Episode 36: From Russia, With Fish
Fleming stepped from the train with a sigh of relief. His compartment, never
comfortable to begin with, had begun to seem like a prison, and the
passenger next to him -- a corpulent gentleman with a snore so loud it
drowned out the sound of the locomotive -- had done little to make the trip
more pleasant. He started walking toward the back of the platform to oversee
the unloading of his glider, then noticed that people around him had stopped
to gaze upwards. He followed their gaze.
Jenkins ducked back out of sight. Had he been another man, he might have
cursed, but this was not the way of a signalman in the Royal Naval Airship
"What is it, mate?" asked the freight forwarder.
"Channel's agent " said Jenkins, gesturing out the window. "He's back, and
watching your door. If I leave now, he'll mark me."
"I could go out and knock the chappie down," suggested his host. "That might
Jenkins shook his head. "That would just let Channel know something was
going on. Is there another way out..." His voice trailed off when he noticed
Channel's agent and others on the street turn and stare towards the sky.
"There's your chance, mate," said the shipper. But Jenkins had already
slipped out the door and ducked around a corner. When he was sure that he
was clear, he paused to look up, take in the sight, and smile.
Loris reached to pull back the throttle and grimaced. The fishing boat had
survived the trip back to Darwin without incident. He wished he could say
the same for himself.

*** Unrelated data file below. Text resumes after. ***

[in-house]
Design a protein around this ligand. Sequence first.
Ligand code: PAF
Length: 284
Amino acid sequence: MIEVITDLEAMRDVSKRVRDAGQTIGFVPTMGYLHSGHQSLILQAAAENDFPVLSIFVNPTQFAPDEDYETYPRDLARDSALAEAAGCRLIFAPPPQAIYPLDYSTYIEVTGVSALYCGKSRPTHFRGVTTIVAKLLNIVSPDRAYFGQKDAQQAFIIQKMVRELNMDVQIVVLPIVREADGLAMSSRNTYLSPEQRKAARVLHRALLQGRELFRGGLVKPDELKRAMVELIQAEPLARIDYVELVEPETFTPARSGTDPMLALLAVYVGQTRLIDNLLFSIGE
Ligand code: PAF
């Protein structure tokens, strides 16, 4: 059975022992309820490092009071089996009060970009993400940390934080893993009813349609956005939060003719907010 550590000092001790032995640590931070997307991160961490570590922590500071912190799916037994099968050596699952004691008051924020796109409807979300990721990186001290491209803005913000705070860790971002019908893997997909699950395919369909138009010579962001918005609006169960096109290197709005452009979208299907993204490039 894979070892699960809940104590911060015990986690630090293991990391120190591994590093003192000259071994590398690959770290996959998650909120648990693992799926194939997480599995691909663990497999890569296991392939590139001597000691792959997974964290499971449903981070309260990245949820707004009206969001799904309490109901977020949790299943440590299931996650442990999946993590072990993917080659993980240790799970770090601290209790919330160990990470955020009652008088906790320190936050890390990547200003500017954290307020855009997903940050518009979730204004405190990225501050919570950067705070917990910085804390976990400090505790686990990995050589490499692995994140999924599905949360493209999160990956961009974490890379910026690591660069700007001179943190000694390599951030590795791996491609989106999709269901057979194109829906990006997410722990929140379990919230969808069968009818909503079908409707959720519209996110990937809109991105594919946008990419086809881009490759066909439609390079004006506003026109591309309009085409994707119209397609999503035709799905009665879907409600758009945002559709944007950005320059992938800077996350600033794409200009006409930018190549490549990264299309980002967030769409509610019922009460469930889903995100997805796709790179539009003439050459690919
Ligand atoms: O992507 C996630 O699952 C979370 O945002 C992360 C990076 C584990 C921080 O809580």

"You look like you shoulder hurt," said Helga cheerfully. "You want the
massage? Helga know how to rub things. Helga rub things good!"
"Maybe that wouldn't be such a great idea..." Loris began, but before he
could finish, the woman was pointing toward the sky behind them.
"Look!" she cried. "They back!"
"All engines slow to one quarter," said Captain Everett. The mast of
Darwin's air station loomed a few miles ahead. Beneath them, the streets
of the town were sliding past like a vividly detailed map. Townsfolk,
alerted by the sound of the ship's engines, were streaming outside to watch
"Slow to one quarter," replied Iverson.
"They seem excited to see us again," MacKiernan observed.
Everett smiled. "Let's not disappoint them. Helm left to bring us around in
a circle. When we've completed the evolution, give them our signal."
"Helm left," replied Iverson. In the town below, bells were ringing and
drivers were honking their horns in salute. Everett gazed down, lost in
thought. At least one man in Darwin would not be pleased to see them. This
could complicate matters.
An hour later, the Flying Cloud was riding from the mooring mast,
an ensign fluttering from her command car. Around her, townsfolk had
gathered to marvel, for it wasn't every day one of His Majesty's Airships
came to visit. Jenkins had taken advantage of the crowd to slip aboard
unobserved and maintain the illusion that he'd been on the airship all
along. Fleming, Loris, and Helga had reported in a more conventional